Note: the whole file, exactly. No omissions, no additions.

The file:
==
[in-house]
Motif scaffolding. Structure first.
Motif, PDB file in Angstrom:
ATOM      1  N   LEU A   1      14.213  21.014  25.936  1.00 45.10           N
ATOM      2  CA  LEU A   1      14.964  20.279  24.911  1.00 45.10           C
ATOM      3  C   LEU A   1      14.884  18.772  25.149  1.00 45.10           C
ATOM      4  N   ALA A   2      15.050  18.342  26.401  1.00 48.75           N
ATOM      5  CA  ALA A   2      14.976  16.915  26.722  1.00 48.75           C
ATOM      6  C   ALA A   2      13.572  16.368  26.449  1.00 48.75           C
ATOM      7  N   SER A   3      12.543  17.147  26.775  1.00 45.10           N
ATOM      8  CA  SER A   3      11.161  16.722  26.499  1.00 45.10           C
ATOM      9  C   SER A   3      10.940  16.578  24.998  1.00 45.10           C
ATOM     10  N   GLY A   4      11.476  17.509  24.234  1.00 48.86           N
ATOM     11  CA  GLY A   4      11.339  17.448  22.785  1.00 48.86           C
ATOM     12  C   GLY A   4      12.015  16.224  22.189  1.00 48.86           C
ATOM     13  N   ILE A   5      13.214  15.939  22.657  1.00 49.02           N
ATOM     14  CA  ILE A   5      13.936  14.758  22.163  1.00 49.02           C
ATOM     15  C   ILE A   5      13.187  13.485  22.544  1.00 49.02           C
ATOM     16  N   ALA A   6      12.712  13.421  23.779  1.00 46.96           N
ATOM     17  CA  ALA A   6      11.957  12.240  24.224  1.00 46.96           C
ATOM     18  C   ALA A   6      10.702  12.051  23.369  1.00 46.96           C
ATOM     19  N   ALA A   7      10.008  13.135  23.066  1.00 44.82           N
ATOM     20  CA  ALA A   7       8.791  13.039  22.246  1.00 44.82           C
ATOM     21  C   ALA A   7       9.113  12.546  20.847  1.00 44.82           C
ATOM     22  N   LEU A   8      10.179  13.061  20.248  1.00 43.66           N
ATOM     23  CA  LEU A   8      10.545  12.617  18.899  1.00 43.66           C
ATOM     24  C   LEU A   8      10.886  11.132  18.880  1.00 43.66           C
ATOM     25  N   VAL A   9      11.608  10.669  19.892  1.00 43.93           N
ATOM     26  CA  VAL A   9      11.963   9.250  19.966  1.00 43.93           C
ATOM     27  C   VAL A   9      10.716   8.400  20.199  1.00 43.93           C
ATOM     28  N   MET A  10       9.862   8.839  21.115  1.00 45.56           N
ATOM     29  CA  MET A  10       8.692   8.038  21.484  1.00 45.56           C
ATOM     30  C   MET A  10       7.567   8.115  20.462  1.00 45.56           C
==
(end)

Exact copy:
[in-house]
Motif scaffolding. Structure first.
Motif, PDB file in Angstrom:
ATOM      1  N   LEU A   1      14.213  21.014  25.936  1.00 45.10           N
ATOM      2  CA  LEU A   1      14.964  20.279  24.911  1.00 45.10           C
ATOM      3  C   LEU A   1      14.884  18.772  25.149  1.00 45.10           C
ATOM      4  N   ALA A   2      15.050  18.342  26.401  1.00 48.75           N
ATOM      5  CA  ALA A   2      14.976  16.915  26.722  1.00 48.75           C
ATOM      6  C   ALA A   2      13.572  16.368  26.449  1.00 48.75           C
ATOM      7  N   SER A   3      12.543  17.147  26.775  1.00 45.10           N
ATOM      8  CA  SER A   3      11.161  16.722  26.499  1.00 45.10           C
ATOM      9  C   SER A   3      10.940  16.578  24.998  1.00 45.10           C
ATOM     10  N   GLY A   4      11.476  17.509  24.234  1.00 48.86           N
ATOM     11  CA  GLY A   4      11.339  17.448  22.785  1.00 48.86           C
ATOM     12  C   GLY A   4      12.015  16.224  22.189  1.00 48.86           C
ATOM     13  N   ILE A   5      13.214  15.939  22.657  1.00 49.02           N
ATOM     14  CA  ILE A   5      13.936  14.758  22.163  1.00 49.02           C
ATOM     15  C   ILE A   5      13.187  13.485  22.544  1.00 49.02           C
ATOM     16  N   ALA A   6      12.712  13.421  23.779  1.00 46.96           N
ATOM     17  CA  ALA A   6      11.957  12.240  24.224  1.00 46.96           C
ATOM     18  C   ALA A   6      10.702  12.051  23.369  1.00 46.96           C
ATOM     19  N   ALA A   7      10.008  13.135  23.066  1.00 44.82           N
ATOM     20  CA  ALA A   7       8.791  13.039  22.246  1.00 44.82           C
ATOM     21  C   ALA A   7       9.113  12.546  20.847  1.00 44.82           C
ATOM     22  N   LEU A   8      10.179  13.061  20.248  1.00 43.66           N
ATOM     23  CA  LEU A   8      10.545  12.617  18.899  1.00 43.66           C
ATOM     24  C   LEU A   8      10.886  11.132  18.880  1.00 43.66           C
ATOM     25  N   VAL A   9      11.608  10.669  19.892  1.00 43.93           N
ATOM     26  CA  VAL A   9      11.963   9.250  19.966  1.00 43.93           C
ATOM     27  C   VAL A   9      10.716   8.400  20.199  1.00 43.93           C
ATOM     28  N   MET A  10       9.862   8.839  21.115  1.00 45.56           N
ATOM     29  CA  MET A  10       8.692   8.038  21.484  1.00 45.56           C
ATOM     30  C   MET A  10       7.567   8.115  20.462  1.00 45.56           C